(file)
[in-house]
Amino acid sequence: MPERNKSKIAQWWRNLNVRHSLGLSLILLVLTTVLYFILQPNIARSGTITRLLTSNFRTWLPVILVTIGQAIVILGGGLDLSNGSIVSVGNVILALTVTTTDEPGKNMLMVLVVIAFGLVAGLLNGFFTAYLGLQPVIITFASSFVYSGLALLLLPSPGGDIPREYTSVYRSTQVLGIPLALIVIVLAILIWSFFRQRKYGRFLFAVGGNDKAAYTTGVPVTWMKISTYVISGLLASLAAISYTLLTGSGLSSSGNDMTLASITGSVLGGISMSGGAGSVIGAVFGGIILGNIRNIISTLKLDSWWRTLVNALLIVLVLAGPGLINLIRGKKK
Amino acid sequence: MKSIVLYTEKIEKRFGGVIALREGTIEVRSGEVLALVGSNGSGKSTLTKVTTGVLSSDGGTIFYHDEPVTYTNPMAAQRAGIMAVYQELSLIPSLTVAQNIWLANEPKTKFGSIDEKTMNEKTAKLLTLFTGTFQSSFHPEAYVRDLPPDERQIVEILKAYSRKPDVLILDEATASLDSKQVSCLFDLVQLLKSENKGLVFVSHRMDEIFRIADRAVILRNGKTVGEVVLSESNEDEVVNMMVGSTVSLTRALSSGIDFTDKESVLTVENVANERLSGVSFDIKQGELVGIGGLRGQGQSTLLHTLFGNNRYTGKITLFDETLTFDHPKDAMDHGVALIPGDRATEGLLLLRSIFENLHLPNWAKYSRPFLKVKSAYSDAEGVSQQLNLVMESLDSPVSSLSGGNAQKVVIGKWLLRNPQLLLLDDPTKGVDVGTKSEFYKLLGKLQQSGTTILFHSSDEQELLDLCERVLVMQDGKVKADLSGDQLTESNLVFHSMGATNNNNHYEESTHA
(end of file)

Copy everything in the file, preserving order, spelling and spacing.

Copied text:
[in-house]
Amino acid sequence: MPERNKSKIAQWWRNLNVRHSLGLSLILLVLTTVLYFILQPNIARSGTITRLLTSNFRTWLPVILVTIGQAIVILGGGLDLSNGSIVSVGNVILALTVTTTDEPGKNMLMVLVVIAFGLVAGLLNGFFTAYLGLQPVIITFASSFVYSGLALLLLPSPGGDIPREYTSVYRSTQVLGIPLALIVIVLAILIWSFFRQRKYGRFLFAVGGNDKAAYTTGVPVTWMKISTYVISGLLASLAAISYTLLTGSGLSSSGNDMTLASITGSVLGGISMSGGAGSVIGAVFGGIILGNIRNIISTLKLDSWWRTLVNALLIVLVLAGPGLINLIRGKKK
Amino acid sequence: MKSIVLYTEKIEKRFGGVIALREGTIEVRSGEVLALVGSNGSGKSTLTKVTTGVLSSDGGTIFYHDEPVTYTNPMAAQRAGIMAVYQELSLIPSLTVAQNIWLANEPKTKFGSIDEKTMNEKTAKLLTLFTGTFQSSFHPEAYVRDLPPDERQIVEILKAYSRKPDVLILDEATASLDSKQVSCLFDLVQLLKSENKGLVFVSHRMDEIFRIADRAVILRNGKTVGEVVLSESNEDEVVNMMVGSTVSLTRALSSGIDFTDKESVLTVENVANERLSGVSFDIKQGELVGIGGLRGQGQSTLLHTLFGNNRYTGKITLFDETLTFDHPKDAMDHGVALIPGDRATEGLLLLRSIFENLHLPNWAKYSRPFLKVKSAYSDAEGVSQQLNLVMESLDSPVSSLSGGNAQKVVIGKWLLRNPQLLLLDDPTKGVDVGTKSEFYKLLGKLQQSGTTILFHSSDEQELLDLCERVLVMQDGKVKADLSGDQLTESNLVFHSMGATNNNNHYEESTHA